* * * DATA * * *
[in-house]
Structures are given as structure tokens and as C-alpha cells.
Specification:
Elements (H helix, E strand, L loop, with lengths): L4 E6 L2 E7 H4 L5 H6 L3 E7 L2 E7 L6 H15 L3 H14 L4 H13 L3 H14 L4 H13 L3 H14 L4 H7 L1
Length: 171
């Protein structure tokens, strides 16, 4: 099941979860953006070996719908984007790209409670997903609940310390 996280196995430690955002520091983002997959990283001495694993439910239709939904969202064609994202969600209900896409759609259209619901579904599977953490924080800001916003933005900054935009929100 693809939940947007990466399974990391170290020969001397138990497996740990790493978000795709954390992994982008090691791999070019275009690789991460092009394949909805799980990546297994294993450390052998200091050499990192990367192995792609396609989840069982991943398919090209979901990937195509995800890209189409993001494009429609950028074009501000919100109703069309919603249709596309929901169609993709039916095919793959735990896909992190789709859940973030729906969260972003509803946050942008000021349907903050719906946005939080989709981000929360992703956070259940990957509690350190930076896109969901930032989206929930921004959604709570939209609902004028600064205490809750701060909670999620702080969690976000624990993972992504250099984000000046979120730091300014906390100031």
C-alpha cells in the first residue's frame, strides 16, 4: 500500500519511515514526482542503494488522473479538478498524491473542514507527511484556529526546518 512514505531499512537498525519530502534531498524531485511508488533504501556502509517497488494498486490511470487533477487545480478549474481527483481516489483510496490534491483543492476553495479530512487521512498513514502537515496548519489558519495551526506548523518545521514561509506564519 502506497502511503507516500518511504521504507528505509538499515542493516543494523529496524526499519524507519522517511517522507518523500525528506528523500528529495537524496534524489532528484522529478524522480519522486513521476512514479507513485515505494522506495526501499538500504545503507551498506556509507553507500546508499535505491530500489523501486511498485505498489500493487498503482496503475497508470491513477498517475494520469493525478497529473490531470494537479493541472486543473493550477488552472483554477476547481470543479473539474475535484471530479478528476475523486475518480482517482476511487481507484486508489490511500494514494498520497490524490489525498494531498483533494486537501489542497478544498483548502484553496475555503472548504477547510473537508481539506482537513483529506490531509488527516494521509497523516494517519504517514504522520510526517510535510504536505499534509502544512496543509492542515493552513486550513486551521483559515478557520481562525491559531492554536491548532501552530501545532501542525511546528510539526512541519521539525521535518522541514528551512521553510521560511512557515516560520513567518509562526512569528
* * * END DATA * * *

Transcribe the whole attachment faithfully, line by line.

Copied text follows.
[in-house]
Structures are given as structure tokens and as C-alpha cells.
Specification:
Elements (H helix, E strand, L loop, with lengths): L4 E6 L2 E7 H4 L5 H6 L3 E7 L2 E7 L6 H15 L3 H14 L4 H13 L3 H14 L4 H13 L3 H14 L4 H7 L1
Length: 171
């Protein structure tokens, strides 16, 4: 099941979860953006070996719908984007790209409670997903609940310390 996280196995430690955002520091983002997959990283001495694993439910239709939904969202064609994202969600209900896409759609259209619901579904599977953490924080800001916003933005900054935009929100 693809939940947007990466399974990391170290020969001397138990497996740990790493978000795709954390992994982008090691791999070019275009690789991460092009394949909805799980990546297994294993450390052998200091050499990192990367192995792609396609989840069982991943398919090209979901990937195509995800890209189409993001494009429609950028074009501000919100109703069309919603249709596309929901169609993709039916095919793959735990896909992190789709859940973030729906969260972003509803946050942008000021349907903050719906946005939080989709981000929360992703956070259940990957509690350190930076896109969901930032989206929930921004959604709570939209609902004028600064205490809750701060909670999620702080969690976000624990993972992504250099984000000046979120730091300014906390100031």
C-alpha cells in the first residue's frame, strides 16, 4: 500500500519511515514526482542503494488522473479538478498524491473542514507527511484556529526546518 512514505531499512537498525519530502534531498524531485511508488533504501556502509517497488494498486490511470487533477487545480478549474481527483481516489483510496490534491483543492476553495479530512487521512498513514502537515496548519489558519495551526506548523518545521514561509506564519 502506497502511503507516500518511504521504507528505509538499515542493516543494523529496524526499519524507519522517511517522507518523500525528506528523500528529495537524496534524489532528484522529478524522480519522486513521476512514479507513485515505494522506495526501499538500504545503507551498506556509507553507500546508499535505491530500489523501486511498485505498489500493487498503482496503475497508470491513477498517475494520469493525478497529473490531470494537479493541472486543473493550477488552472483554477476547481470543479473539474475535484471530479478528476475523486475518480482517482476511487481507484486508489490511500494514494498520497490524490489525498494531498483533494486537501489542497478544498483548502484553496475555503472548504477547510473537508481539506482537513483529506490531509488527516494521509497523516494517519504517514504522520510526517510535510504536505499534509502544512496543509492542515493552513486550513486551521483559515478557520481562525491559531492554536491548532501552530501545532501542525511546528510539526512541519521539525521535518522541514528551512521553510521560511512557515516560520513567518509562526512569528